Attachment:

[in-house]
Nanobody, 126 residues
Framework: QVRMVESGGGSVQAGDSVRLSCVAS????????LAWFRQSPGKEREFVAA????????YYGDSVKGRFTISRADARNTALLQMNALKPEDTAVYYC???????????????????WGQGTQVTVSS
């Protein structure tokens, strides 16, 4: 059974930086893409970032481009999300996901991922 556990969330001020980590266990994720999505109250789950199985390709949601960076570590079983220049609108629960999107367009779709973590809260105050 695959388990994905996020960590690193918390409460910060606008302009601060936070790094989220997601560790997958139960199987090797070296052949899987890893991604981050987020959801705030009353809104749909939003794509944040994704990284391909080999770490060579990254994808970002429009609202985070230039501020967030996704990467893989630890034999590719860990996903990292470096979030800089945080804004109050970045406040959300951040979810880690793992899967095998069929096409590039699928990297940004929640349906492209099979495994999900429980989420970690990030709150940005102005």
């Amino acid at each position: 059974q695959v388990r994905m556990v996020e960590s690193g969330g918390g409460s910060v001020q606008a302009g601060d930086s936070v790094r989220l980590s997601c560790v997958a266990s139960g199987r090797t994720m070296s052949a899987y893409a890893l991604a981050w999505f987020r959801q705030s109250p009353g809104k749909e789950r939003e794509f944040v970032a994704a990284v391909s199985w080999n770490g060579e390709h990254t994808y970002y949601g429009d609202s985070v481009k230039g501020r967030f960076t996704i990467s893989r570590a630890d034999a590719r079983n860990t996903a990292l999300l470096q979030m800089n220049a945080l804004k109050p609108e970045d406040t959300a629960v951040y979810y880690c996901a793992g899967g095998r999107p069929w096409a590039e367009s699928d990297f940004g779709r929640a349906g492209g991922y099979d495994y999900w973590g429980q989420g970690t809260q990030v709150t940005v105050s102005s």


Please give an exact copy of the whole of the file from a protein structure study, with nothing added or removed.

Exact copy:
[in-house]
Nanobody, 126 residues
Framework: QVRMVESGGGSVQAGDSVRLSCVAS????????LAWFRQSPGKEREFVAA????????YYGDSVKGRFTISRADARNTALLQMNALKPEDTAVYYC???????????????????WGQGTQVTVSS
């Protein structure tokens, strides 16, 4: 059974930086893409970032481009999300996901991922 556990969330001020980590266990994720999505109250789950199985390709949601960076570590079983220049609108629960999107367009779709973590809260105050 695959388990994905996020960590690193918390409460910060606008302009601060936070790094989220997601560790997958139960199987090797070296052949899987890893991604981050987020959801705030009353809104749909939003794509944040994704990284391909080999770490060579990254994808970002429009609202985070230039501020967030996704990467893989630890034999590719860990996903990292470096979030800089945080804004109050970045406040959300951040979810880690793992899967095998069929096409590039699928990297940004929640349906492209099979495994999900429980989420970690990030709150940005102005």
């Amino acid at each position: 059974q695959v388990r994905m556990v996020e960590s690193g969330g918390g409460s910060v001020q606008a302009g601060d930086s936070v790094r989220l980590s997601c560790v997958a266990s139960g199987r090797t994720m070296s052949a899987y893409a890893l991604a981050w999505f987020r959801q705030s109250p009353g809104k749909e789950r939003e794509f944040v970032a994704a990284v391909s199985w080999n770490g060579e390709h990254t994808y970002y949601g429009d609202s985070v481009k230039g501020r967030f960076t996704i990467s893989r570590a630890d034999a590719r079983n860990t996903a990292l999300l470096q979030m800089n220049a945080l804004k109050p609108e970045d406040t959300a629960v951040y979810y880690c996901a793992g899967g095998r999107p069929w096409a590039e367009s699928d990297f940004g779709r929640a349906g492209g991922y099979d495994y999900w973590g429980q989420g970690t809260q990030v709150t940005v105050s102005s």